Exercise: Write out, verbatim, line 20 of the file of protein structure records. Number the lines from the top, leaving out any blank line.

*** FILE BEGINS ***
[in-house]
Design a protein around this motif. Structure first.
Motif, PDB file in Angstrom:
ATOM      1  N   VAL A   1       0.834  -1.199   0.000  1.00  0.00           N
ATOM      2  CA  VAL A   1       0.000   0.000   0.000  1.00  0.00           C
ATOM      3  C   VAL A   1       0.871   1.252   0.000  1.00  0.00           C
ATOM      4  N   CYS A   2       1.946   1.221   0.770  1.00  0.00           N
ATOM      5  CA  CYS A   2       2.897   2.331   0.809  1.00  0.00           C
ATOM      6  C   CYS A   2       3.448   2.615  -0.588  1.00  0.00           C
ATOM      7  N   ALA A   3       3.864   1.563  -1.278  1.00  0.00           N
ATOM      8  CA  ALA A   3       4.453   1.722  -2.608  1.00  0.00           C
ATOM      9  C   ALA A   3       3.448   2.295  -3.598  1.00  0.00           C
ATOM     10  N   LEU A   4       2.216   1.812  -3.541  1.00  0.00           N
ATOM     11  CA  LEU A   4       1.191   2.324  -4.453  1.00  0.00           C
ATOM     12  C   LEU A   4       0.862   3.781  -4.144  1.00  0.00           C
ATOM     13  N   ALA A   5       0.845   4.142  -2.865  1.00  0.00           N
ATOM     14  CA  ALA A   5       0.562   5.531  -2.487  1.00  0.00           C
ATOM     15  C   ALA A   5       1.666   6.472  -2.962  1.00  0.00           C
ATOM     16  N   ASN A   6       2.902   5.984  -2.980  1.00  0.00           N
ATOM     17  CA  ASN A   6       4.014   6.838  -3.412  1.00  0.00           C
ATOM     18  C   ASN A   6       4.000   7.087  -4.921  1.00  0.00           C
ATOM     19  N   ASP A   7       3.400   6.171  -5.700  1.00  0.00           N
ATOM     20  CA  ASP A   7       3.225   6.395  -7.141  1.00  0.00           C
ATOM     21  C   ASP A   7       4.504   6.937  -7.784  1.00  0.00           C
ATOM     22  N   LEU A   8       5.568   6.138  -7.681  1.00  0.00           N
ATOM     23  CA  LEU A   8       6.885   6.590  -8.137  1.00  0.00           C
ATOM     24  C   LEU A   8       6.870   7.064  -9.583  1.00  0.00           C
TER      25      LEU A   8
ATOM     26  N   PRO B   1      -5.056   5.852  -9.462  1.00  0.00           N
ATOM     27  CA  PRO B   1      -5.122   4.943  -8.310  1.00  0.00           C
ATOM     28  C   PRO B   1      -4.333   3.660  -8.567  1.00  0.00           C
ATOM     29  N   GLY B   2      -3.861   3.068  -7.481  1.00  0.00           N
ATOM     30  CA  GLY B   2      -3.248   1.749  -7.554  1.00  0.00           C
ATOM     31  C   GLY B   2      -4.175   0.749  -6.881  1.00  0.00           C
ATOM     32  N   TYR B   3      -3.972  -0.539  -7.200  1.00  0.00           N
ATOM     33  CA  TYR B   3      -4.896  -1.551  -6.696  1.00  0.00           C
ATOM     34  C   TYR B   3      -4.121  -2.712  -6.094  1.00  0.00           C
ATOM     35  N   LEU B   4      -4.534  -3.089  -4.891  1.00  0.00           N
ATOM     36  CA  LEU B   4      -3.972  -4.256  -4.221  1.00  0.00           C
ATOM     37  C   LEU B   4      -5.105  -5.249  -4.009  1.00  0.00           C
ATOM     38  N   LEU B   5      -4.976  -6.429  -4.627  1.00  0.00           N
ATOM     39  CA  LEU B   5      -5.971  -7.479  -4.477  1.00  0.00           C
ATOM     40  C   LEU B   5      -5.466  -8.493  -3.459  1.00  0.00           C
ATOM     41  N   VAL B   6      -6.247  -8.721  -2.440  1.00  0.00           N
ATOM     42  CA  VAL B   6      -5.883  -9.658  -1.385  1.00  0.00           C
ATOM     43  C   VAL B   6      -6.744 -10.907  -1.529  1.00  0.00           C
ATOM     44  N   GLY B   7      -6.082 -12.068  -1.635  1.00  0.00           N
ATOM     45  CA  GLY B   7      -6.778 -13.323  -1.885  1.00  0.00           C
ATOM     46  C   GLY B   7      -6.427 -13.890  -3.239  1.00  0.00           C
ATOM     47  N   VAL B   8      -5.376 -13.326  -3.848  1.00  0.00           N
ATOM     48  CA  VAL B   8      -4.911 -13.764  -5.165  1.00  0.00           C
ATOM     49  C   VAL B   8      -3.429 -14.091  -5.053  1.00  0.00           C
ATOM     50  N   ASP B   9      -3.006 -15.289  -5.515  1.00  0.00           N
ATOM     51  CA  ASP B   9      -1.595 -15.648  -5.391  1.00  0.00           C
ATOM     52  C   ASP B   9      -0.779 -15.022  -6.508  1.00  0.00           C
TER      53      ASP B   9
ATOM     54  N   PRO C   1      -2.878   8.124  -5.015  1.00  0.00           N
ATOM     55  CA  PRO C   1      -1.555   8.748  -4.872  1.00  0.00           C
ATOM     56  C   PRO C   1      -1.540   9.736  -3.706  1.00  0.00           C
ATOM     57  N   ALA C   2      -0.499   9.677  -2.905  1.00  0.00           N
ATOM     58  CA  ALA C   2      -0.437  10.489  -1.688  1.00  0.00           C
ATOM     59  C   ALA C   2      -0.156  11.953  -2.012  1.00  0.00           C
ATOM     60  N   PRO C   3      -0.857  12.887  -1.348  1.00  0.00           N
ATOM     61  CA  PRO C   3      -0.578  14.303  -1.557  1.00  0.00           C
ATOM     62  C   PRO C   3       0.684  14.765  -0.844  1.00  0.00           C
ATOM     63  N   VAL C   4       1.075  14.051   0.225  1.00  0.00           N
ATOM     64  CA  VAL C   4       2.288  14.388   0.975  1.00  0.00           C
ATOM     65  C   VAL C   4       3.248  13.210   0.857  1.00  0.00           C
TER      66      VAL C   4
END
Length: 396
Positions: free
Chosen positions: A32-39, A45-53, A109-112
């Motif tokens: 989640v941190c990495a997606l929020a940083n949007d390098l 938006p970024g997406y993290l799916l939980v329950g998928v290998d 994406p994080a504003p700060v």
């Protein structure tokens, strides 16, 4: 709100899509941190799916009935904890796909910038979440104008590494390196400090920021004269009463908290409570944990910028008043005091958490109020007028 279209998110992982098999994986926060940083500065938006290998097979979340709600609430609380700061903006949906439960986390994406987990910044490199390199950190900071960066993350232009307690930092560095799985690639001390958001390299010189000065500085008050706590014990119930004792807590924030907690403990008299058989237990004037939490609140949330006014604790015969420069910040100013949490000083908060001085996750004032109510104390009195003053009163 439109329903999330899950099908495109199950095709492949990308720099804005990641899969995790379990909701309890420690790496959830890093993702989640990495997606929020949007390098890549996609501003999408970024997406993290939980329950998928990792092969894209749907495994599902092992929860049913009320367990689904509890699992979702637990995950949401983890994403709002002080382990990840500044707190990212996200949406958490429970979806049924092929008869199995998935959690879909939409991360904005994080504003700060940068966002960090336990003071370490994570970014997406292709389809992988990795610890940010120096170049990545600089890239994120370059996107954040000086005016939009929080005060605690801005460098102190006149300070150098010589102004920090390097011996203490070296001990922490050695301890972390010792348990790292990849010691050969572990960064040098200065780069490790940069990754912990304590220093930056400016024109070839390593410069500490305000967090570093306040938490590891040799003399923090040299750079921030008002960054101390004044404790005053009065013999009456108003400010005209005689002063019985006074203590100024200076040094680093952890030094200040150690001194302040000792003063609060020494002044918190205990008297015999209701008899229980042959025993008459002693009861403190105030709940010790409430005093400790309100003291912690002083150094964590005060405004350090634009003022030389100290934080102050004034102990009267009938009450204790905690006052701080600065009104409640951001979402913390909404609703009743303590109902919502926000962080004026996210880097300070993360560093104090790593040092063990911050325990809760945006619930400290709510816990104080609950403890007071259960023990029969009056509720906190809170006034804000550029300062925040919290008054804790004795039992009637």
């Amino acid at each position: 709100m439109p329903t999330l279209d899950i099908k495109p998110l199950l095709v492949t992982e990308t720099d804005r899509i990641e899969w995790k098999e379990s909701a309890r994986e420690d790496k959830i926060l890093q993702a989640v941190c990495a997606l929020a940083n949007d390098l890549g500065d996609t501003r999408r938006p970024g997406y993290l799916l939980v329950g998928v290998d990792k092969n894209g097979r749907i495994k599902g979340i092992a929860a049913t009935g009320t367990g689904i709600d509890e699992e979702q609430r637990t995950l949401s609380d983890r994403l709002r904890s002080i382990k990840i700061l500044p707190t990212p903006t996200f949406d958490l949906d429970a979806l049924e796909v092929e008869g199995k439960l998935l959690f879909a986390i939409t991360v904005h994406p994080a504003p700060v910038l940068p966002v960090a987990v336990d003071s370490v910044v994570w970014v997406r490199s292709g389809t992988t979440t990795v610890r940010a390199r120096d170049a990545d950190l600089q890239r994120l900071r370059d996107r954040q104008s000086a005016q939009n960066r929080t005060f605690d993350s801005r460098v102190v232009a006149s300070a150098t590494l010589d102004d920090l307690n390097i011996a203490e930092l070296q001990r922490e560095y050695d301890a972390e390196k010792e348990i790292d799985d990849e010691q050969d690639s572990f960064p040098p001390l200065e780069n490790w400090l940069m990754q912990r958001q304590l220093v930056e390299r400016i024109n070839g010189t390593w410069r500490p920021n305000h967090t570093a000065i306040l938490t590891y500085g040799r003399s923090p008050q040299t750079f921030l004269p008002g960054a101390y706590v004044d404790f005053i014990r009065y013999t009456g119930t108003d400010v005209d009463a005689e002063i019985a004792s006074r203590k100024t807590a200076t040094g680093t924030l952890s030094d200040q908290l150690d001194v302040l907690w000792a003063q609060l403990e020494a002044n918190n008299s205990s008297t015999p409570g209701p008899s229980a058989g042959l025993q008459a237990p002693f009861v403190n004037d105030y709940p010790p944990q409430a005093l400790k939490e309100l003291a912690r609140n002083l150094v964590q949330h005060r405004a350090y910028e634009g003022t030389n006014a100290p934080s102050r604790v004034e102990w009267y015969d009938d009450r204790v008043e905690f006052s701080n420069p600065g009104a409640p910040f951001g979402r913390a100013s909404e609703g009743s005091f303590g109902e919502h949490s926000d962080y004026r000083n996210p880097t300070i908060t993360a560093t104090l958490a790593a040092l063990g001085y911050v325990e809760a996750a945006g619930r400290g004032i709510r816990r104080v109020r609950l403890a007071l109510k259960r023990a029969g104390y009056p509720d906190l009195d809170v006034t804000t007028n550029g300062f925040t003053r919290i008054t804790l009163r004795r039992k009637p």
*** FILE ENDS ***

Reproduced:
ATOM     17  CA  ASN A   6       4.014   6.838  -3.412  1.00  0.00           C